The twelfth annual report released by the National Philanthropic Trust this week shows a significant increase in assets held in donor-advised funds (DAFs). According to the report, the growth of these assets stood at 27.3 percent and their total worth surpassed the $100-billion mark for the first time, reaching an impressive $110 billion by the end of 2017. While remarkable, this growth was not entirely surprising. Many anticipated this rapid rise in DAF contributions after studying donor reactions to the new tax bill. Donors trying to take advantage of the tax deduction have likely increased their contributions to these funds, hoping to meet the higher giving threshold for deductibles under the new law. More surprising, however, was that the average size of DAFs actually decreased by about 20 percent during the same period. According to Nonprofit Quarterly, this trend seems to suggest that donors had been “bundling,” or taking money originally allocated for future giving and redirecting it to already existing funds to increase their size, in order to receive an even greater tax deduction under the new law. Still, the report found that the total money donated to charity rose from $15.9 billion in 2016 to $19.1 the following year. So, while bundling might have meant more frontloading of funds, charitable donations to these funds continues to rise. Eileen Heisman, the President of the National Philanthropic Trust, predicts grants from DAFs will exceed $20 billion by the end of 2018. For more information on the latest trends in DAFs, check out the link above.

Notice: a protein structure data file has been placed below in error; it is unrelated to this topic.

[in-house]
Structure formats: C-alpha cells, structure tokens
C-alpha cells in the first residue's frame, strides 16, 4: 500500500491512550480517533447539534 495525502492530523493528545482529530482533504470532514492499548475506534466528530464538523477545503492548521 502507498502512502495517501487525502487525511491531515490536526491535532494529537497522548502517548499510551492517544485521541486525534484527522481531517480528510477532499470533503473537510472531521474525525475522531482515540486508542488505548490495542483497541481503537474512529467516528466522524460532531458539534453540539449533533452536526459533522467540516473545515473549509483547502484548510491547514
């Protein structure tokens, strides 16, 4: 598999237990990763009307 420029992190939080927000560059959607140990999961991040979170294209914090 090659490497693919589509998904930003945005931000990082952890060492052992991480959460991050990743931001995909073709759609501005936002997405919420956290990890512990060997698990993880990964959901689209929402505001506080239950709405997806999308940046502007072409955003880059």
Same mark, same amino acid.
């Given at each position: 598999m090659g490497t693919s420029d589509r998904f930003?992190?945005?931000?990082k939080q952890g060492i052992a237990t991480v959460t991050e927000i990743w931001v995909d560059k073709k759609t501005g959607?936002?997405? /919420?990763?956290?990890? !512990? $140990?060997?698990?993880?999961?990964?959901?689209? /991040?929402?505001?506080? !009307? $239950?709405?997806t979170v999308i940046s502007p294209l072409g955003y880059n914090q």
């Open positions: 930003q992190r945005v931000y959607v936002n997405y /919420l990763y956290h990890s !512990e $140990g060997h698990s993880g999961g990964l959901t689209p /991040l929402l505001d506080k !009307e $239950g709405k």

2. Brave Nonprofits Give New Life to Historic Building in the Fillmore, SF